Mandatory Minimum Sentences

In some cases, a conviction for carrying a concealed firearm carries a minimum mandatory sentence. Therefore, under normal conditions, the court has a mandate to impose a minimal jail sentence upon the defendant.

If someone has previously been found guilty of a firearm crime or felony, they may receive a mandatory minimum sentence of three months if they are granted parole. Also, if your record has previous convictions for any of the crimes listed under PC 23515, you could be sentenced to a compulsory minimum jail term of three months or a maximum of six months.

These crimes include:

  • Assault using a lethal weapon
  • Engaging in gunfire toward a dwelling or vehicle that is occupied
  • Brandishing a firearm or weapon

The 3-month minimum mandatory sentence does not apply in cases where it is deemed necessary for the sake of justice to suspend the minimal sentence or grant probation. This is only available under unusual circumstances and requires the assistance of a professional attorney.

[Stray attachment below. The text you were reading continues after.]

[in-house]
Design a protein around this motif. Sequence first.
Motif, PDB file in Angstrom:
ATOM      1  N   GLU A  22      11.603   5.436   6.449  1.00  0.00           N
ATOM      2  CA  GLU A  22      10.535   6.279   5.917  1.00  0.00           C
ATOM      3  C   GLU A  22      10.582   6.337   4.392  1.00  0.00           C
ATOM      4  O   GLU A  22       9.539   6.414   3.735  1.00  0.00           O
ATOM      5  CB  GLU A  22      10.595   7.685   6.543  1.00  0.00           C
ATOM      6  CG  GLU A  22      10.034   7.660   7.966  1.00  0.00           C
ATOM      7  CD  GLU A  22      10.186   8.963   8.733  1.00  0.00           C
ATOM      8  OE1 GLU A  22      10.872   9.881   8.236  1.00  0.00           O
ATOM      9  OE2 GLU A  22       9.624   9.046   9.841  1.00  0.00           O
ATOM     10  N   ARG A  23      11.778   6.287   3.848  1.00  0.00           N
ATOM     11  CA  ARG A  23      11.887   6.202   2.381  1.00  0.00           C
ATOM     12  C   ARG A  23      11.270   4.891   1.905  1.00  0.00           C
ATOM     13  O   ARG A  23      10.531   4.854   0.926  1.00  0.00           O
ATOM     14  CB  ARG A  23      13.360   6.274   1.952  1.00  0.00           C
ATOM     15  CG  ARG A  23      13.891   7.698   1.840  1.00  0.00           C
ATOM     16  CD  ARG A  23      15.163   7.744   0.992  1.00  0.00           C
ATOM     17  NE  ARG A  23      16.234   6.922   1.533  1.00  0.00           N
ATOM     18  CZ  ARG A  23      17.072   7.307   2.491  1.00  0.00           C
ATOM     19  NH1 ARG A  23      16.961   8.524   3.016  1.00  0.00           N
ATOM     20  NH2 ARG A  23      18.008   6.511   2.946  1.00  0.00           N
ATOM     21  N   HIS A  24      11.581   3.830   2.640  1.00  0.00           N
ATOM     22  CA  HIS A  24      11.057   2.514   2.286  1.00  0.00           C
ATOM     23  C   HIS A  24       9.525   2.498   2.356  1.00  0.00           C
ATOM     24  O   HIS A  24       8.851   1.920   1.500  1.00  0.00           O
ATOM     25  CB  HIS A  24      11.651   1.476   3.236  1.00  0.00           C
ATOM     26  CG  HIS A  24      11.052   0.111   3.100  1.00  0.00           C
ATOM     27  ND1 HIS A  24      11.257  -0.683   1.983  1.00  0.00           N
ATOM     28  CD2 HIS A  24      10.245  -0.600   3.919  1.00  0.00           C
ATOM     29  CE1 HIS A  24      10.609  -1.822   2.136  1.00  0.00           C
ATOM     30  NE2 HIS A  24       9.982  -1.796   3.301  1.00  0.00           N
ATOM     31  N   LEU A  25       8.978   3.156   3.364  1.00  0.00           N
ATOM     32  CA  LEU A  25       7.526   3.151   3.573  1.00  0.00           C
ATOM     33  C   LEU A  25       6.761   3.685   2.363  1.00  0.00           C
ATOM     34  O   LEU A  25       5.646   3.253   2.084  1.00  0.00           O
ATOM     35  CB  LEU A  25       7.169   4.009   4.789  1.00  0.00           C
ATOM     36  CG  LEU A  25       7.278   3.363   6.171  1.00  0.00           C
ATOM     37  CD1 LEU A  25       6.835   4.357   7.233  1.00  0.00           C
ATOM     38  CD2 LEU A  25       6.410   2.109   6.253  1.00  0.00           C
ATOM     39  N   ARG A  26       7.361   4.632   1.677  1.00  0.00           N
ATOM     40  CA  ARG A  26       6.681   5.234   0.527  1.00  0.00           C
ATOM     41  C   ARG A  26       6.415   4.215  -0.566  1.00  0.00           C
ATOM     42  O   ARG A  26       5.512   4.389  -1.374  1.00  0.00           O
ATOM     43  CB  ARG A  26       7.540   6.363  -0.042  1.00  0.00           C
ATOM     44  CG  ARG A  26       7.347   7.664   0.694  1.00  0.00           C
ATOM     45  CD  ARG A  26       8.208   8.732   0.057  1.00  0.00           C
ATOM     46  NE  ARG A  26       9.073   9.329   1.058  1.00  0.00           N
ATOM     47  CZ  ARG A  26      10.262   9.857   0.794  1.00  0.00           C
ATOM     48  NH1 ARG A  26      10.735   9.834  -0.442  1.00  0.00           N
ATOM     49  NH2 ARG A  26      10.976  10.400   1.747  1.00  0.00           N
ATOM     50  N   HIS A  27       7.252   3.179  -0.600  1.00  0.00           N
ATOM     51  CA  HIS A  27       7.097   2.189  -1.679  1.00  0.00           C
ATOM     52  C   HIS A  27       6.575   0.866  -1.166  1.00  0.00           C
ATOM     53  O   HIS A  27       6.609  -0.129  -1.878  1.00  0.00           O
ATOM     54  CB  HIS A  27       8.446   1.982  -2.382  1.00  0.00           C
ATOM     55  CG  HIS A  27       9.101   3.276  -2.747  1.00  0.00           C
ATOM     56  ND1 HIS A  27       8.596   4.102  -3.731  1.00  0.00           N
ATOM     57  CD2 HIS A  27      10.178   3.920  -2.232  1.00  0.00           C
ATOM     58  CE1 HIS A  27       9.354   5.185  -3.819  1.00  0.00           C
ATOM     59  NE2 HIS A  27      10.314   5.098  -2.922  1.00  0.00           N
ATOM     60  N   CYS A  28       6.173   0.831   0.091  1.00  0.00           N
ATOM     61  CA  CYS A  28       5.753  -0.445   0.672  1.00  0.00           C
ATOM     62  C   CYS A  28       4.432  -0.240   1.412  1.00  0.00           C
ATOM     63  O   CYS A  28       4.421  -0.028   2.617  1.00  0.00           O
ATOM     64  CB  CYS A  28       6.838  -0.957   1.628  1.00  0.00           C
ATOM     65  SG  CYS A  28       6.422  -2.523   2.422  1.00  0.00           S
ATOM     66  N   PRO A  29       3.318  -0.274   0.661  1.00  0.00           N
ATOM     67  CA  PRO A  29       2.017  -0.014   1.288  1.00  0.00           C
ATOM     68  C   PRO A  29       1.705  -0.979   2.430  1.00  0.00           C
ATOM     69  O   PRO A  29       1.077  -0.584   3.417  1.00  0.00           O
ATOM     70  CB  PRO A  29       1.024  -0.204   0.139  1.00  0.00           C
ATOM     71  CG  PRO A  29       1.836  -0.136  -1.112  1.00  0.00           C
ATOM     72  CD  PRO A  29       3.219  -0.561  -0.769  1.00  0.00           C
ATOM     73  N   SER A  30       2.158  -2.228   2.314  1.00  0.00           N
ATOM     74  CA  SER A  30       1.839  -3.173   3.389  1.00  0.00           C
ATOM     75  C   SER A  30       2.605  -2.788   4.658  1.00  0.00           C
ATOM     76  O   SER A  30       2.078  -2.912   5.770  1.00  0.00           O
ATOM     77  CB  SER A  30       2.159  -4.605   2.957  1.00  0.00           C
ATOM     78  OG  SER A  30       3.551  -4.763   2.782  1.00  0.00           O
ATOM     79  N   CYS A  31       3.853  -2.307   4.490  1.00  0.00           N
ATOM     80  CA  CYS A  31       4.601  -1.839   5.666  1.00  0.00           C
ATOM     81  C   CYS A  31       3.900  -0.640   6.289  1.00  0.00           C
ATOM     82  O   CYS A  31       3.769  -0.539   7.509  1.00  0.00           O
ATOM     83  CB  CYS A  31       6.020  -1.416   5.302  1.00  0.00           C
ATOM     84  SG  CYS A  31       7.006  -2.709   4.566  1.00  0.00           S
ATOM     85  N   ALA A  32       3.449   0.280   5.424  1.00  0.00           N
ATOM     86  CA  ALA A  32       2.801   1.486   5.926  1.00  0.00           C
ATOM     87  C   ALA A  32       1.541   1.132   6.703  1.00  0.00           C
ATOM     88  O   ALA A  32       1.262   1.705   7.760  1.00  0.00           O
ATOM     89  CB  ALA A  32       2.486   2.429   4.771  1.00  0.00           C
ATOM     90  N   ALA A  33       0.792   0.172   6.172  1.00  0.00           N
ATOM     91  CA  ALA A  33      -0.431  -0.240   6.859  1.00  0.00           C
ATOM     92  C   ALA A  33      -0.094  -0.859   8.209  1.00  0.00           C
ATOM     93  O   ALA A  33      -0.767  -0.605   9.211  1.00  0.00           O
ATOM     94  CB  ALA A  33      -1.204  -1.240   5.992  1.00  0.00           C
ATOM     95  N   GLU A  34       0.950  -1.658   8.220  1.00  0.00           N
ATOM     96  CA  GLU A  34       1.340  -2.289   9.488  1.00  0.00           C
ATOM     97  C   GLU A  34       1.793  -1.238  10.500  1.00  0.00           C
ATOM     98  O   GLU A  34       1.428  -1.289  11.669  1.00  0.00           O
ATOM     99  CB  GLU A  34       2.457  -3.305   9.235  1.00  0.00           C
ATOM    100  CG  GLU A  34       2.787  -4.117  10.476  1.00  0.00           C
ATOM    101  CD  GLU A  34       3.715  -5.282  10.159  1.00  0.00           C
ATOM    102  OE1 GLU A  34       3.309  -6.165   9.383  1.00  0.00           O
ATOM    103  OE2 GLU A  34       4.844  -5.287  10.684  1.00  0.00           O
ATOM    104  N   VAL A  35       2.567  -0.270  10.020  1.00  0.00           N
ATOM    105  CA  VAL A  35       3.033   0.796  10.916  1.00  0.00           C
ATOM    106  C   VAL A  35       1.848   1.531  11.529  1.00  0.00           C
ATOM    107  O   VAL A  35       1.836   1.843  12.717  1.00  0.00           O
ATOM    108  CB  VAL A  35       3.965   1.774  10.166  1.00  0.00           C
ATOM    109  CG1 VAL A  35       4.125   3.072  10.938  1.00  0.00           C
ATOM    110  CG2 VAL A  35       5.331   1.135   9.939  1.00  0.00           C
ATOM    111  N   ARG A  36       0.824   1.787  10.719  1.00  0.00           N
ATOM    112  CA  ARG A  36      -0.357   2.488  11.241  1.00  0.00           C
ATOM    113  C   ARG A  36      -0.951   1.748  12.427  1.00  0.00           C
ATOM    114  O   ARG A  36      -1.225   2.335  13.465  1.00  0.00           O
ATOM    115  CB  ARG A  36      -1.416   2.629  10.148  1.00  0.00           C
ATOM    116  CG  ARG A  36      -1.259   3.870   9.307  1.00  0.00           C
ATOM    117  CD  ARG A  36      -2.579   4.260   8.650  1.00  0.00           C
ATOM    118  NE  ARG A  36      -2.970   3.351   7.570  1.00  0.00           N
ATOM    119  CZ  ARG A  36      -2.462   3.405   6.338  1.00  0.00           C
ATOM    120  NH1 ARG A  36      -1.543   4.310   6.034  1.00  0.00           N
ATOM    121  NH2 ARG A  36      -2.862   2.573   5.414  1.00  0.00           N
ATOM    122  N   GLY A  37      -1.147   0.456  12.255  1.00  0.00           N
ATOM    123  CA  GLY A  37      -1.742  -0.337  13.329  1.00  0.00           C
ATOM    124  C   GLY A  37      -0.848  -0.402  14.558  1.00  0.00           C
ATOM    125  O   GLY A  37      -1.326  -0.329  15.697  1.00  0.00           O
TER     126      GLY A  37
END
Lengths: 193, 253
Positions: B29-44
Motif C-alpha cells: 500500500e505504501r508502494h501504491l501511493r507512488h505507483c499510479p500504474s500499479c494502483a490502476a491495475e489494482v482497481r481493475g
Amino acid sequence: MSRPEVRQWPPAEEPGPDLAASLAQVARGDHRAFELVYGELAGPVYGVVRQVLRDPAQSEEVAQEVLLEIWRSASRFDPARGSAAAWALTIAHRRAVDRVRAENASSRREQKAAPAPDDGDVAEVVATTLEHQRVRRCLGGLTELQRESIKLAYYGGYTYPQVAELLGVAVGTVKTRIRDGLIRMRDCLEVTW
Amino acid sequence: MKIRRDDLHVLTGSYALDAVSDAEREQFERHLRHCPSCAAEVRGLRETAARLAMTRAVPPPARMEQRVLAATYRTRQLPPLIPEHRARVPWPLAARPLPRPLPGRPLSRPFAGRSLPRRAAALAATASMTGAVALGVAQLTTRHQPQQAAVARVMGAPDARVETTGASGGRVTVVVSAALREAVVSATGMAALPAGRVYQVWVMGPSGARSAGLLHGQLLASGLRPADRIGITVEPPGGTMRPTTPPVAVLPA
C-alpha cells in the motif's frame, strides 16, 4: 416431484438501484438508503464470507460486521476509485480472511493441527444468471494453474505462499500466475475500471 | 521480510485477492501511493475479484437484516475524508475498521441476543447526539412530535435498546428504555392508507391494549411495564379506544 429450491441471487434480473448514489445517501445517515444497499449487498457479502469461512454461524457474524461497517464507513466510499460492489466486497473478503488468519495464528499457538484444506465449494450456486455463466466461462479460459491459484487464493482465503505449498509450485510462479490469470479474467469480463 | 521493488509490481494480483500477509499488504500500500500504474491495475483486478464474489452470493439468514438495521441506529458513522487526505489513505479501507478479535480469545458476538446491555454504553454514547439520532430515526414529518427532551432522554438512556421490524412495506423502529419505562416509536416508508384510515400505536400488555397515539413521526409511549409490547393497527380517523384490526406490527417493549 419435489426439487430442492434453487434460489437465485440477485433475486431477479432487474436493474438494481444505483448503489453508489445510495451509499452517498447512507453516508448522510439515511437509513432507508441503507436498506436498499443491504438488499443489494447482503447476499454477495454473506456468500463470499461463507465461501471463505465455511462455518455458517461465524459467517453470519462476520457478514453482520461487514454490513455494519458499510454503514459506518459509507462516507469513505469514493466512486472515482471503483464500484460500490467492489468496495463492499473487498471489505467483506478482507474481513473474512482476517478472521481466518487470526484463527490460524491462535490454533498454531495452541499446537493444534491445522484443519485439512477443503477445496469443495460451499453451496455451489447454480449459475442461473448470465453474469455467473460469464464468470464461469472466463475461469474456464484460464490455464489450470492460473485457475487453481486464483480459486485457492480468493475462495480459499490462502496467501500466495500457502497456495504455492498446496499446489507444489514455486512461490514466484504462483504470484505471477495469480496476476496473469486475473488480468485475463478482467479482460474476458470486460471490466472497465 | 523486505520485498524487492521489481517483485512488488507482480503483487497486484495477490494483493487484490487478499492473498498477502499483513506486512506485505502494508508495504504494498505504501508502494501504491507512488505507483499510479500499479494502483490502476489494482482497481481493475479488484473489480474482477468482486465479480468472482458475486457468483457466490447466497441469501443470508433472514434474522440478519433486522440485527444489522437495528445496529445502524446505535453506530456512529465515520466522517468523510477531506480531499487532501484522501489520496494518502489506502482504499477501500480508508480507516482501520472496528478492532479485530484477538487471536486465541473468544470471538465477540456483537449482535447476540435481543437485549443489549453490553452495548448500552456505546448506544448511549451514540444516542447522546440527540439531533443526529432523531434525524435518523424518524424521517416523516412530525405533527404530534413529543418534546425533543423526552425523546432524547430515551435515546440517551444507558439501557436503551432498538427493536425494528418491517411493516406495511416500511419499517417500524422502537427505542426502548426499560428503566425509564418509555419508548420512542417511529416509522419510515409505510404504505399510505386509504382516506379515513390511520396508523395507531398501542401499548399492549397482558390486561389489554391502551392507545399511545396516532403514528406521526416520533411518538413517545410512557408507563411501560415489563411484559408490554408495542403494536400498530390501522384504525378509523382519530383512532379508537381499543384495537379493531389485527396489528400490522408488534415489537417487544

Legal Implications On  Immigration After a Conviction

A conviction for carrying a concealed firearm could lead to deportation if you have not become a United States citizen. Deportation could result from any allegation of unlawfully obtaining, selling, or utilizing a firearm.

Deportation occurs more often when a person is convicted of an offense under federal law instead of a California crime. However, it could still happen. Legal representation from an experienced attorney is essential if you are facing criminal charges as a non-citizen.